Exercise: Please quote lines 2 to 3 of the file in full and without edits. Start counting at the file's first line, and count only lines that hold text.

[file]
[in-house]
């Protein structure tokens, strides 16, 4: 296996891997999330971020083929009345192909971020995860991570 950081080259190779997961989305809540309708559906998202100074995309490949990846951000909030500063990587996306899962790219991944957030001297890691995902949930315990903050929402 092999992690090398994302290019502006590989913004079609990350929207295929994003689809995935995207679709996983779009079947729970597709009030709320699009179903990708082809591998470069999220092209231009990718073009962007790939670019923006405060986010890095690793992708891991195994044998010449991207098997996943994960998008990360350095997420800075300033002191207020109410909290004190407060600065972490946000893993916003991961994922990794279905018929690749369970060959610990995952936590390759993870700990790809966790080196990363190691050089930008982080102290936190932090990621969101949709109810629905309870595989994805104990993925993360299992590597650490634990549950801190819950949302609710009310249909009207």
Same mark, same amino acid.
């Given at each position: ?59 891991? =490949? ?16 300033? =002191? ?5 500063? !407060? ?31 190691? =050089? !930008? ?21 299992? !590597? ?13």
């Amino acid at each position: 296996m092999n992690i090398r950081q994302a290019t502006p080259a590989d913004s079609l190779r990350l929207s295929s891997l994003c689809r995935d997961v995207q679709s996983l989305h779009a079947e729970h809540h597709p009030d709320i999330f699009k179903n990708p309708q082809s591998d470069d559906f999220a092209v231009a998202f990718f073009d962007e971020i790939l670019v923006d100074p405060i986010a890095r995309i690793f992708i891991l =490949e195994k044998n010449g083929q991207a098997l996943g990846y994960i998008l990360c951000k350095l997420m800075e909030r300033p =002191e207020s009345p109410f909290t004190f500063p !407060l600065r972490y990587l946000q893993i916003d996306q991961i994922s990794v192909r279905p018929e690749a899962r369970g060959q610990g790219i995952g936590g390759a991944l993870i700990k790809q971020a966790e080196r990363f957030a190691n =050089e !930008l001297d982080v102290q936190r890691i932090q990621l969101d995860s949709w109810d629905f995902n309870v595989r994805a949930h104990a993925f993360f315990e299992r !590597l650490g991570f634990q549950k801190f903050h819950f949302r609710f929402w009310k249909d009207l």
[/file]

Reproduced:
């Protein structure tokens, strides 16, 4: 296996891997999330971020083929009345192909971020995860991570 950081080259190779997961989305809540309708559906998202100074995309490949990846951000909030500063990587996306899962790219991944957030001297890691995902949930315990903050929402 092999992690090398994302290019502006590989913004079609990350929207295929994003689809995935995207679709996983779009079947729970597709009030709320699009179903990708082809591998470069999220092209231009990718073009962007790939670019923006405060986010890095690793992708891991195994044998010449991207098997996943994960998008990360350095997420800075300033002191207020109410909290004190407060600065972490946000893993916003991961994922990794279905018929690749369970060959610990995952936590390759993870700990790809966790080196990363190691050089930008982080102290936190932090990621969101949709109810629905309870595989994805104990993925993360299992590597650490634990549950801190819950949302609710009310249909009207």
Same mark, same amino acid.